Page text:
Globalization is more than gobbling up markets
August 30, 1999
(CNN) -- To ensure their company's survival in the new millennium, business executives may think they should gobble up markets around the world.
But companies pursuing such a global strategy could find themselves far behind their competitors, argue a team of business consultants in "Race for the World: Strategies for Building a Great Global Firm."
In the past, 90 percent of the competitive advantage for businesses derived from geography, according to authors Lowell Bryan, Jane Fraser, Jeremy Oppenheim and Wilhelm Rall, all with McKinsey & Co.
But due to rapid changes in the business world -- caused by deregulation, the integration of national economies and new technologies like the Internet -- geography soon will account for only 10 percent of that edge.
"That means the goal of globalization must shift," Bryan and his colleagues say, "from capturing countries and markets to capturing values," or leveraging assets like superior talent and brand identification in a market niche.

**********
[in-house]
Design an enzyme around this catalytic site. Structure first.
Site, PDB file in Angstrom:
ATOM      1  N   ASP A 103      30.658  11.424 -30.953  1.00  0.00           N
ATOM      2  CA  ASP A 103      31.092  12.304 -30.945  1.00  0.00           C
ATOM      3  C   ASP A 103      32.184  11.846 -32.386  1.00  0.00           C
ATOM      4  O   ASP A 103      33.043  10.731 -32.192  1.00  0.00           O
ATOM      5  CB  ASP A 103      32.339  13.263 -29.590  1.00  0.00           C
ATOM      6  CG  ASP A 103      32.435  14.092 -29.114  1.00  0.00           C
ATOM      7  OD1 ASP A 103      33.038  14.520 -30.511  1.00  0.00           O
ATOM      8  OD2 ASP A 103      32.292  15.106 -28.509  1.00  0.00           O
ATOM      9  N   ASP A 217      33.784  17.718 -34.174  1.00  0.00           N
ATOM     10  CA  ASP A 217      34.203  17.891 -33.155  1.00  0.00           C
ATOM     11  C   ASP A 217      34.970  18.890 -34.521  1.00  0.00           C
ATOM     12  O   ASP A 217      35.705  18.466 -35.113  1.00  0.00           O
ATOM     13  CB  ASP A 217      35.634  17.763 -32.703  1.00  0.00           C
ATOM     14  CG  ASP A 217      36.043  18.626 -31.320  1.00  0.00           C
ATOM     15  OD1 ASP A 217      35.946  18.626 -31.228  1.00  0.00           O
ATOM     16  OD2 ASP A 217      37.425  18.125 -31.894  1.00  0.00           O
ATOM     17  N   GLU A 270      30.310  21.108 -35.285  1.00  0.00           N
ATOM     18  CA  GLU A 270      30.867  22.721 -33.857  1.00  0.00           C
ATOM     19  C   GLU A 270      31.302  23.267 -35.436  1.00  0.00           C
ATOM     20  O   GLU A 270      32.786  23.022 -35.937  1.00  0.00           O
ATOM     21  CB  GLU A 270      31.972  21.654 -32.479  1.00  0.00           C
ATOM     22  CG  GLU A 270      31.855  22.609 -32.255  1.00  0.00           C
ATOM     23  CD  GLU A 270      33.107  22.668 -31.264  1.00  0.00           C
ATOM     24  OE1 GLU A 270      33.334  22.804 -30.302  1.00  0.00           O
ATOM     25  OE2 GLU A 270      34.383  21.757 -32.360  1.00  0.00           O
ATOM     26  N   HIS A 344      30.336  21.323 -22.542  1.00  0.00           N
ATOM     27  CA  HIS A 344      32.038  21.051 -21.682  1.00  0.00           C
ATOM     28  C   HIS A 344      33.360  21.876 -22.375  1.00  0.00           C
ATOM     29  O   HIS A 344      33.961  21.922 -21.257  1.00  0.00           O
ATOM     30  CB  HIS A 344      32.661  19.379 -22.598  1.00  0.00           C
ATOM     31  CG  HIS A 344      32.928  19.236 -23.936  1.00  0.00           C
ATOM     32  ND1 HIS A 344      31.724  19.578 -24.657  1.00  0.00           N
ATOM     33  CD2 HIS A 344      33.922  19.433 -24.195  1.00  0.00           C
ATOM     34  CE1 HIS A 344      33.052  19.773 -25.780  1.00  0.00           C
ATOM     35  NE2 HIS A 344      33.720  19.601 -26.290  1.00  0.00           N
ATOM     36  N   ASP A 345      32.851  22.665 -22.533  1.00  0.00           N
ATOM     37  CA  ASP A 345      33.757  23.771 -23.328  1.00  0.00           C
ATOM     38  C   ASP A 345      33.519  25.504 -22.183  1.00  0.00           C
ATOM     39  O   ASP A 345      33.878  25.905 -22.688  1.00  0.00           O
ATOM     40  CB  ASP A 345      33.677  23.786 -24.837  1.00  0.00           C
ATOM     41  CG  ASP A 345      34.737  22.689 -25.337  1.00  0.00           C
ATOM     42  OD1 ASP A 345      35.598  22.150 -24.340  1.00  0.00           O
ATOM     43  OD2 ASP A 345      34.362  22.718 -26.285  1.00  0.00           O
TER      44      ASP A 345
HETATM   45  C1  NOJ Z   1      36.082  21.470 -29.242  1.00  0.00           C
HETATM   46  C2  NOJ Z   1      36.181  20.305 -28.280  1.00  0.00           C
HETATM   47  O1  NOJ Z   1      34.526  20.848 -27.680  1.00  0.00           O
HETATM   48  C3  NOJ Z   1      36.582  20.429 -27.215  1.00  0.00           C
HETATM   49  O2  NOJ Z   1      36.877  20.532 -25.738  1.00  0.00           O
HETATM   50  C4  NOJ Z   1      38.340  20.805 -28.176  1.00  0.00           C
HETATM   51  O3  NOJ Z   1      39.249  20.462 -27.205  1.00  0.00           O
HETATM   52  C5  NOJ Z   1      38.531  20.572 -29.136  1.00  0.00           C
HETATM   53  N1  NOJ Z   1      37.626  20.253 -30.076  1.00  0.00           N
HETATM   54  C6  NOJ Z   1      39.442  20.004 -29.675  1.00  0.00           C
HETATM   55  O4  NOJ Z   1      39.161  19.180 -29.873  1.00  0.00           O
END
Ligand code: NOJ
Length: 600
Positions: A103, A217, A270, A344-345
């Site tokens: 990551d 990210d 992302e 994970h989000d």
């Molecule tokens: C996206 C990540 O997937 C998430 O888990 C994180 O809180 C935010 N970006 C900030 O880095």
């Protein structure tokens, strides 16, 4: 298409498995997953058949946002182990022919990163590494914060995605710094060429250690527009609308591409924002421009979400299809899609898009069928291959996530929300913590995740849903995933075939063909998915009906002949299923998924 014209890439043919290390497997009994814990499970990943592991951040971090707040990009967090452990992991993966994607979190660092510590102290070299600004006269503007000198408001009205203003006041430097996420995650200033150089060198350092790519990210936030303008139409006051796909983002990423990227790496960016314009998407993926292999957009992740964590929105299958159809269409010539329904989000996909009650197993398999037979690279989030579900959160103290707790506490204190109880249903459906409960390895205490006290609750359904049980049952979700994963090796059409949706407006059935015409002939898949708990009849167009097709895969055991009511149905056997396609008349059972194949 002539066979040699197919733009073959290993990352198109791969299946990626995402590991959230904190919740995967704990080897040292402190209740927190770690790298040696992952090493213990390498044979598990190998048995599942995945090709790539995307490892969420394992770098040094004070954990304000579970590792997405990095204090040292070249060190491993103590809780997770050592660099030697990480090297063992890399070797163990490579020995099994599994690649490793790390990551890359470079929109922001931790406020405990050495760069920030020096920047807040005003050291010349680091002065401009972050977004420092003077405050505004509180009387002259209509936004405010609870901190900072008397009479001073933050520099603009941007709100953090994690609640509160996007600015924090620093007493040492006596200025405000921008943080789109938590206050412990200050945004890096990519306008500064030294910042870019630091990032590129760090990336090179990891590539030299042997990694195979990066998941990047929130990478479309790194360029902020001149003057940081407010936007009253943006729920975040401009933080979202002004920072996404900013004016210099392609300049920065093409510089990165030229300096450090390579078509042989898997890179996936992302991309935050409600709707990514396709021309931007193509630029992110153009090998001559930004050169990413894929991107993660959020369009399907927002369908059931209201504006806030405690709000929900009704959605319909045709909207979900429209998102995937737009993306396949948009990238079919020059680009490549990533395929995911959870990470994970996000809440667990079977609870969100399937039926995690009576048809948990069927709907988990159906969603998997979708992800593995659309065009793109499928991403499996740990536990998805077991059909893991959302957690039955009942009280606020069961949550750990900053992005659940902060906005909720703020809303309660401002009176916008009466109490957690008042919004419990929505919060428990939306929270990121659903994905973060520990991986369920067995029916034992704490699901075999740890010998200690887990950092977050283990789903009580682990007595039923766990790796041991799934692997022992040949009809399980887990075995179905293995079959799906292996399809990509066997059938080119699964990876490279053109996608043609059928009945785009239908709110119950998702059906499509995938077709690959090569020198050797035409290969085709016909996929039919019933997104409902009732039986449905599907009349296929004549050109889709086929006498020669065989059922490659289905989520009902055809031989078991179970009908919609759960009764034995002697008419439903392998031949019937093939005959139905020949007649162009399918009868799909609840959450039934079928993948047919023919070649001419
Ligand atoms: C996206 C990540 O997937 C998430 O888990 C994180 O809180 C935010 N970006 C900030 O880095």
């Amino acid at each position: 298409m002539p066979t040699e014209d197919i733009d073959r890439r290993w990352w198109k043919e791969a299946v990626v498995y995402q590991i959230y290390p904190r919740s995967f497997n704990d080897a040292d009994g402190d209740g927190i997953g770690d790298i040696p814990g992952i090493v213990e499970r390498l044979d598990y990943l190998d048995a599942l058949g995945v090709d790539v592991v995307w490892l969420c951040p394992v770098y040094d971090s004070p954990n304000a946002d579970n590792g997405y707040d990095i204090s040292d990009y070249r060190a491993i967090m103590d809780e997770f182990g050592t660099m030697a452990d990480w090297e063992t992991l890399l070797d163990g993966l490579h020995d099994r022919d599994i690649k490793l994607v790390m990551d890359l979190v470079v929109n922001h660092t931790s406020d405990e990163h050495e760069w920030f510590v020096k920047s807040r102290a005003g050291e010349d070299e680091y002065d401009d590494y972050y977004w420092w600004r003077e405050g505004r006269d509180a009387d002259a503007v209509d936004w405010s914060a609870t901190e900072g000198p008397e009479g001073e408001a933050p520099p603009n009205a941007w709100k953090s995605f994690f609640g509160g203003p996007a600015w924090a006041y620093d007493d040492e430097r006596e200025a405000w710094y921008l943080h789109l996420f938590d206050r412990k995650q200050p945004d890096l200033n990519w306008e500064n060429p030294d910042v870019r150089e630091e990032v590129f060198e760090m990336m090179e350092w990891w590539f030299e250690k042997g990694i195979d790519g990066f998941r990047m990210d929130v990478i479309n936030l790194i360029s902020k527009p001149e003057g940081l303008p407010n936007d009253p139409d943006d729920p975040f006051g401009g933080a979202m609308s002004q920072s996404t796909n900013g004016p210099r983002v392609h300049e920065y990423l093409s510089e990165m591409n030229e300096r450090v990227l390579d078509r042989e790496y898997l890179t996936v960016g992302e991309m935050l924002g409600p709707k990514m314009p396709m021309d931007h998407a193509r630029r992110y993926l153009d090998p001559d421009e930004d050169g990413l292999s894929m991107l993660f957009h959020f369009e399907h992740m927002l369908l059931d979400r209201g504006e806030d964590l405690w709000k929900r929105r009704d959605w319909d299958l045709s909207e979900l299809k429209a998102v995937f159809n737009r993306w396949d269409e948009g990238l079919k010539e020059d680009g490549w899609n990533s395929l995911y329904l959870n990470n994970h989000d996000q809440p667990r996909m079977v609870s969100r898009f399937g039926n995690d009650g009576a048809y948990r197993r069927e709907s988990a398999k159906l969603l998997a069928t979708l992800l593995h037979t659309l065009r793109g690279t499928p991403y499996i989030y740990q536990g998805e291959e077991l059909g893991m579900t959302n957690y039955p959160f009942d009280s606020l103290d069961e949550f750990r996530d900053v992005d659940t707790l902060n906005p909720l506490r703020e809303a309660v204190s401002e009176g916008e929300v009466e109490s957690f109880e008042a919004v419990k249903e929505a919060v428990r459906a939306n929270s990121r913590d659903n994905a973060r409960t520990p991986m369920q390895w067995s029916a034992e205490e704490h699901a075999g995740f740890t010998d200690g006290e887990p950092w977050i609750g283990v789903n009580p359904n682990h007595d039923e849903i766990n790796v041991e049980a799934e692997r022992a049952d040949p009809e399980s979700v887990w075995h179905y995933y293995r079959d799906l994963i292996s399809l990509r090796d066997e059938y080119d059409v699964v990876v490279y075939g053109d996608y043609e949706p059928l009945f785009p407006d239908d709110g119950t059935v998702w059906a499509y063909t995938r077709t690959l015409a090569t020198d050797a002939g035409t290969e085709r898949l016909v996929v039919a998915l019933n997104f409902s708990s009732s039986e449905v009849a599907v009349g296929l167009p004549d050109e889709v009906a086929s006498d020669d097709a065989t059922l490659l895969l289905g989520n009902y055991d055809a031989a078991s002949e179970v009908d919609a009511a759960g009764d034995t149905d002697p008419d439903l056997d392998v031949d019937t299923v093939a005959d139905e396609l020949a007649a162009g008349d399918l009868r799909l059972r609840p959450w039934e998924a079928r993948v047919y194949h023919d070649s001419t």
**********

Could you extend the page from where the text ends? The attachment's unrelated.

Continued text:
The authors research Fortune 500 companies, offer loads of charts and divide winners and losers into "geographic integrators" and "geographic incumbents" as they predict the future of globalization.
Some of their findings:
Kudos for the 384-page book, published by the Harvard Business School Press with a list price of $29.95, come from many quarters, including the Yale School of Management.
It "provides pathbreaking insights into winning global strategies," says Dean Jeffrey E. Garten. "It will quicken the pulse of every CEO concerned with succeeding in a brutally competitive global marketplace."
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